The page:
View Video by John Dodegge
Researchers at the Mayo Clinic found that 33 percent to 48 percent of all serious golfers have experienced the yips, and that golfers who have played for more than 25 years, appear to be most prone to the condition. Keep these statistics in mind.
The yips occur mostly on short putts. Why? Well on long putts no one expects us to make the putt, so we just focus on getting into the circle of friendship for a gimme. But those short putts are the ones that give us fits. Each of us handles that pressure differently, but if you consistently miss those short putts, your nerves may take over and you get the yips. We know from the statistics above, that golfers with the yips didn’t start out putting that way. Their setup routine changed from trying to make the putt, to being terribly afraid of missing the putt – and the result is an involuntary stab at the ball.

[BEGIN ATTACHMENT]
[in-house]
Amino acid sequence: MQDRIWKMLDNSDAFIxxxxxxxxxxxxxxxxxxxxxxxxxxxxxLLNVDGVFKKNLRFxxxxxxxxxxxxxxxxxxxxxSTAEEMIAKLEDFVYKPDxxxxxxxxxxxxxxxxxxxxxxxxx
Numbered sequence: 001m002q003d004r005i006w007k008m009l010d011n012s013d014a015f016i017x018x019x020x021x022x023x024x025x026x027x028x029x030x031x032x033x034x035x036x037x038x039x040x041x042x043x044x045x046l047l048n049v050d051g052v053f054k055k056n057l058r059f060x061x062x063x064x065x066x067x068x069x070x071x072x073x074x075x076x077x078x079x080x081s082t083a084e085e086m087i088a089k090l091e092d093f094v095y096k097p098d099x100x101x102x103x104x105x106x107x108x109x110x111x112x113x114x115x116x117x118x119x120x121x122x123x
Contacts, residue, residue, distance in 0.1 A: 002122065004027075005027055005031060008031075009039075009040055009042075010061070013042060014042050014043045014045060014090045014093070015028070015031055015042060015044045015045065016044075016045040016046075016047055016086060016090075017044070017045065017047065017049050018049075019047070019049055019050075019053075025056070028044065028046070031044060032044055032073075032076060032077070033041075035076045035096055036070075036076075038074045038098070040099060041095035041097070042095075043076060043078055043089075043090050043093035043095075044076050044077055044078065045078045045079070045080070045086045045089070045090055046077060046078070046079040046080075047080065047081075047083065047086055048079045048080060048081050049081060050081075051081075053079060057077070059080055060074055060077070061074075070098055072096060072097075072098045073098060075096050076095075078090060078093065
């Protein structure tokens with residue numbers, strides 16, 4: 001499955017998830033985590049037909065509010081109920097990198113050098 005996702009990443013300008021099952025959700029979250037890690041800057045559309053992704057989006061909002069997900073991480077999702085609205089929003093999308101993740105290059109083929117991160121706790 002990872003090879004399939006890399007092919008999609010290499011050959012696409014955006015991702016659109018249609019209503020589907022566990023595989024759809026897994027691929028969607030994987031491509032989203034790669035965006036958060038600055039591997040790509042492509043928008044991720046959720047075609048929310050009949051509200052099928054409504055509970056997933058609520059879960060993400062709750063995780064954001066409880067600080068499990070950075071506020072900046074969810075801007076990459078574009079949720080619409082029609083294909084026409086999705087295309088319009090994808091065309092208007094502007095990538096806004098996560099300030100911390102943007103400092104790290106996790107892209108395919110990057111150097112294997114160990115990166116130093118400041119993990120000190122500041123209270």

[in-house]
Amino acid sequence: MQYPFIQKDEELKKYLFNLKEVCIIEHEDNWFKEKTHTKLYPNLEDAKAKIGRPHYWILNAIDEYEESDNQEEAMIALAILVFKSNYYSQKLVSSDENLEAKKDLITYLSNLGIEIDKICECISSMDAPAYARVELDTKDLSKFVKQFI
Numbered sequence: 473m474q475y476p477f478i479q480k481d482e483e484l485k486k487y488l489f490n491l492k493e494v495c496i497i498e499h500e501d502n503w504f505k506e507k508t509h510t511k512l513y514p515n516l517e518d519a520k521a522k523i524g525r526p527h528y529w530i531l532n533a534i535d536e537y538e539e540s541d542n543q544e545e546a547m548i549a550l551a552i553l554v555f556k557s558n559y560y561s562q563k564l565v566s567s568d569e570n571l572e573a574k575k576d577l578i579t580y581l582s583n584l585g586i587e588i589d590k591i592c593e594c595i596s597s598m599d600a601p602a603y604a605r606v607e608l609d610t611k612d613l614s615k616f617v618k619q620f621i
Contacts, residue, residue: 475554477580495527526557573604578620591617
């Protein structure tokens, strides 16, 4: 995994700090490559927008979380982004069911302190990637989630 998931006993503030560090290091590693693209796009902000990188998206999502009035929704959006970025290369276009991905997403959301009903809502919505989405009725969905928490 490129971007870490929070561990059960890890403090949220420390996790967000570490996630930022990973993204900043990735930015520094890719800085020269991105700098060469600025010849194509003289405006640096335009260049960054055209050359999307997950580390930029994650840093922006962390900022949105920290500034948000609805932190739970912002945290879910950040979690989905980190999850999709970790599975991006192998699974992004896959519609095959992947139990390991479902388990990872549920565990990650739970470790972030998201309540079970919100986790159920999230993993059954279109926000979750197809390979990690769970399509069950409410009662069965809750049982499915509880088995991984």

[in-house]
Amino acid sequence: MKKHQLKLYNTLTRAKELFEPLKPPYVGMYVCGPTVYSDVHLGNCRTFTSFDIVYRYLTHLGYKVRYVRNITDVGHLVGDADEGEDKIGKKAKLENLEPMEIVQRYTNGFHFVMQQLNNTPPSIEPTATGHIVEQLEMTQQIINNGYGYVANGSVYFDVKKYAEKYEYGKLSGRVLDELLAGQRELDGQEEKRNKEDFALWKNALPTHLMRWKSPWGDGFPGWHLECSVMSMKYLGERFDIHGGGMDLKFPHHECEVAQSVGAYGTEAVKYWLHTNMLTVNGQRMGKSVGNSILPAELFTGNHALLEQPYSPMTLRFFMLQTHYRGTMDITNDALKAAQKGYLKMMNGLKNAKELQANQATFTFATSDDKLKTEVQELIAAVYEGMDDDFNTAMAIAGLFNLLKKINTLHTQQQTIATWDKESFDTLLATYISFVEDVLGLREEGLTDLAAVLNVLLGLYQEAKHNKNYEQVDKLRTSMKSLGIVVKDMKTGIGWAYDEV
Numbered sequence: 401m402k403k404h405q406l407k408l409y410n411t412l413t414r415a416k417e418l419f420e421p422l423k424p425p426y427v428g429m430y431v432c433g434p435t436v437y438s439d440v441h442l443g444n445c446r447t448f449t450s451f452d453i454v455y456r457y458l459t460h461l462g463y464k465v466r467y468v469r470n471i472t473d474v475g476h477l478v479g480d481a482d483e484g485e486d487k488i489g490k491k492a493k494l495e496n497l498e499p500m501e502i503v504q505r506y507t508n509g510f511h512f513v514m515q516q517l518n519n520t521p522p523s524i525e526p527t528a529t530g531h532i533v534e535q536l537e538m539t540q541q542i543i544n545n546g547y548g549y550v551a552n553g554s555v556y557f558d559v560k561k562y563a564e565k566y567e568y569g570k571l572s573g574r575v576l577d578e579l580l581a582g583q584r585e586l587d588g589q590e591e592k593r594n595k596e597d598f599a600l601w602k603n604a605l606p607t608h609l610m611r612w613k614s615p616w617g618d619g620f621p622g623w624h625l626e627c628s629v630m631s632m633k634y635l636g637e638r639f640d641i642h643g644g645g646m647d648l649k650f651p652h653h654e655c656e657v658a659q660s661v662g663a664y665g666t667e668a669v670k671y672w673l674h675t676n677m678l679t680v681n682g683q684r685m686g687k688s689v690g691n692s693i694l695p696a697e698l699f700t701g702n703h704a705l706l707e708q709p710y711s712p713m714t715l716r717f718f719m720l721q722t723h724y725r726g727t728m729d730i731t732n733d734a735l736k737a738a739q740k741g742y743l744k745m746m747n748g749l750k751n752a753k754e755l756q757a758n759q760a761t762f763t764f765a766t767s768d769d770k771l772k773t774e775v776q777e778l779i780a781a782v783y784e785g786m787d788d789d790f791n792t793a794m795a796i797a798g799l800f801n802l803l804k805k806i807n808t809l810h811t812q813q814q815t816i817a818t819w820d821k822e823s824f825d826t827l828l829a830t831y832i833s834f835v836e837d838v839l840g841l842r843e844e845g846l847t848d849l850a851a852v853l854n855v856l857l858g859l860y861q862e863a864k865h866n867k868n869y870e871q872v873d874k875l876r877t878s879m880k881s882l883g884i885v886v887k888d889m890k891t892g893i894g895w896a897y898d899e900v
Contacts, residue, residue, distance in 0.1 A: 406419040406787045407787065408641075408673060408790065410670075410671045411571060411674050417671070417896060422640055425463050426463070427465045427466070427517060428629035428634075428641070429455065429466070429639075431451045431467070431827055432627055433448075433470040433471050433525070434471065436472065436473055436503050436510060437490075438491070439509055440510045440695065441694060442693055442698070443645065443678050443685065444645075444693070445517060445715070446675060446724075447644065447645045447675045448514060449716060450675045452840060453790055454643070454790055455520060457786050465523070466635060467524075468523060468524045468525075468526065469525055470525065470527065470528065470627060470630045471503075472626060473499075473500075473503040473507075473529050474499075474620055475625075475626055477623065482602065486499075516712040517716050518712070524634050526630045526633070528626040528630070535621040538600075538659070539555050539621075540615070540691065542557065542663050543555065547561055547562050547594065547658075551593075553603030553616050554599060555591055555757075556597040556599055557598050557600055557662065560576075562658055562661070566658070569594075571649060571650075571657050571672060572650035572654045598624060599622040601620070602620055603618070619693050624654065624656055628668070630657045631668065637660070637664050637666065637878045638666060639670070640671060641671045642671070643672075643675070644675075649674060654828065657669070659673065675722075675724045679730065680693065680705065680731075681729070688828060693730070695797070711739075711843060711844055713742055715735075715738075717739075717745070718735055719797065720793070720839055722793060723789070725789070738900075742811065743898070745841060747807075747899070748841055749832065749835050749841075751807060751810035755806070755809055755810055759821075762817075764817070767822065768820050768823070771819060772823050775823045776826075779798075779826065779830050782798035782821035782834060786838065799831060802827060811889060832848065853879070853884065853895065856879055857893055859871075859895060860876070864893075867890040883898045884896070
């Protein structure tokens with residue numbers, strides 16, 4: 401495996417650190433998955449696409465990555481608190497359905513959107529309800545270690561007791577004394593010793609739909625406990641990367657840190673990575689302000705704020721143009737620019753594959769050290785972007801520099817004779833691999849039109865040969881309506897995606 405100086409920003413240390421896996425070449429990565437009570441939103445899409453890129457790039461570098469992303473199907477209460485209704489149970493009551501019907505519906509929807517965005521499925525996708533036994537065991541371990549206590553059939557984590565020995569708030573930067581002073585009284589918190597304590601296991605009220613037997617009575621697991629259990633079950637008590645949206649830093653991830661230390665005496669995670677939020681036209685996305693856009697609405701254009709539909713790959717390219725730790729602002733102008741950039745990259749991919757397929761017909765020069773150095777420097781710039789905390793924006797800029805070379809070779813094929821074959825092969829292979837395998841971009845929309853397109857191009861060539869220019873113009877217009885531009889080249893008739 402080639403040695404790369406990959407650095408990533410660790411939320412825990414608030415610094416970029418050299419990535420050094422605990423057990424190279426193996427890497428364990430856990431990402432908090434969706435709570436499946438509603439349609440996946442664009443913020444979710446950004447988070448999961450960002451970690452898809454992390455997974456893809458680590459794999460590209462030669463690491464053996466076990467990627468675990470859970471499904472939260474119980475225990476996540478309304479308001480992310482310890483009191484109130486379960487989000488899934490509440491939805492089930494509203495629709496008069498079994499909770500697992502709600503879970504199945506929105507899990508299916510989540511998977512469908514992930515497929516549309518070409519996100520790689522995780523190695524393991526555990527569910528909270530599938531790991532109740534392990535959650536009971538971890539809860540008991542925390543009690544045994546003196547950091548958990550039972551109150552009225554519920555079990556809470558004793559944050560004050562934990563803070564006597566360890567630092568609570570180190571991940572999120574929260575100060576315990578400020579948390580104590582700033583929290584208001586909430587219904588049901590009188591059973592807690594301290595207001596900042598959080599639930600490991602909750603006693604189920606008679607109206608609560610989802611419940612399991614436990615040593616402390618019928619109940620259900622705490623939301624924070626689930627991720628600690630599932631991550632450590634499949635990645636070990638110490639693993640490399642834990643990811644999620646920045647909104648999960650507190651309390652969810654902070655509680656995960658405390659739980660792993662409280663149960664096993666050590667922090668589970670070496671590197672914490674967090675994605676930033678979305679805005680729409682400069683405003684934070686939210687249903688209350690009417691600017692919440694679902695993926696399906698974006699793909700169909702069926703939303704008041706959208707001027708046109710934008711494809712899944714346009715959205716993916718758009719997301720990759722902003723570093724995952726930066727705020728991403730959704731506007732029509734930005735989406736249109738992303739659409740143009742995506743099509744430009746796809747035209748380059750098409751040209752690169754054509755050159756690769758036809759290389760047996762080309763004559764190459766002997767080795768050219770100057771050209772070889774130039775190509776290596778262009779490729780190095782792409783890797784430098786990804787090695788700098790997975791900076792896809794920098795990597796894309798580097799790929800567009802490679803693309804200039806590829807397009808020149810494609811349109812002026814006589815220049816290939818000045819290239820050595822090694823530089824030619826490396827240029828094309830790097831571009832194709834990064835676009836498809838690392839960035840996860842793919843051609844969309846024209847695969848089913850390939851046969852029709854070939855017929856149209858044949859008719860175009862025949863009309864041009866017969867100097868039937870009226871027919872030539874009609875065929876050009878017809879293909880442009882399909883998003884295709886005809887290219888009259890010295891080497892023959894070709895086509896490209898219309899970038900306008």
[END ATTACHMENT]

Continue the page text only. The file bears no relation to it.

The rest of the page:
Much of the advice on fixing the yips, involves making some dramatic change to your putting style: switch to a long putter, switch to claw grip, or left hand low, or look at the hole while you putt. John Dodegge’s approach is a little different. Since golfers with the yips are long time players, he feels that inside every person with yips, is a person with a natural putting stroke that was developed over years of playing golf. John’s approach to fixing the yips, is to help you reconnect with that natural stroke, rather than adopt a radically new putting style.